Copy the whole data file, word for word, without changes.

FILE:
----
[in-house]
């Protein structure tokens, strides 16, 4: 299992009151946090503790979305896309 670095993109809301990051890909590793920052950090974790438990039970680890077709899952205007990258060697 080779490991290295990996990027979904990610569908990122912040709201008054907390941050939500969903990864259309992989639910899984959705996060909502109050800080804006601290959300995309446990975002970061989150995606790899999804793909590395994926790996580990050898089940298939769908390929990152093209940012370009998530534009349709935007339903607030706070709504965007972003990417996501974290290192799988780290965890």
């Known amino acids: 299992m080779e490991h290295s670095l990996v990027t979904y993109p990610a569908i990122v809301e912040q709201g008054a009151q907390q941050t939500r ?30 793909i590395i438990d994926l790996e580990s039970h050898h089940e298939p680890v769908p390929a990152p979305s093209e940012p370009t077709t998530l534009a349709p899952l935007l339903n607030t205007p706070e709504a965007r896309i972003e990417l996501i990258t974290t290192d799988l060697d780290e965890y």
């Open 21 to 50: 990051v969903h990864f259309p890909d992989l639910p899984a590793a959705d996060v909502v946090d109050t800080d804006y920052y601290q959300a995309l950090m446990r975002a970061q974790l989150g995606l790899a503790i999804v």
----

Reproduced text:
[in-house]
């Protein structure tokens, strides 16, 4: 299992009151946090503790979305896309 670095993109809301990051890909590793920052950090974790438990039970680890077709899952205007990258060697 080779490991290295990996990027979904990610569908990122912040709201008054907390941050939500969903990864259309992989639910899984959705996060909502109050800080804006601290959300995309446990975002970061989150995606790899999804793909590395994926790996580990050898089940298939769908390929990152093209940012370009998530534009349709935007339903607030706070709504965007972003990417996501974290290192799988780290965890």
């Known amino acids: 299992m080779e490991h290295s670095l990996v990027t979904y993109p990610a569908i990122v809301e912040q709201g008054a009151q907390q941050t939500r ?30 793909i590395i438990d994926l790996e580990s039970h050898h089940e298939p680890v769908p390929a990152p979305s093209e940012p370009t077709t998530l534009a349709p899952l935007l339903n607030t205007p706070e709504a965007r896309i972003e990417l996501i990258t974290t290192d799988l060697d780290e965890y």
């Open 21 to 50: 990051v969903h990864f259309p890909d992989l639910p899984a590793a959705d996060v909502v946090d109050t800080d804006y920052y601290q959300a995309l950090m446990r975002a970061q974790l989150g995606l790899a503790i999804v």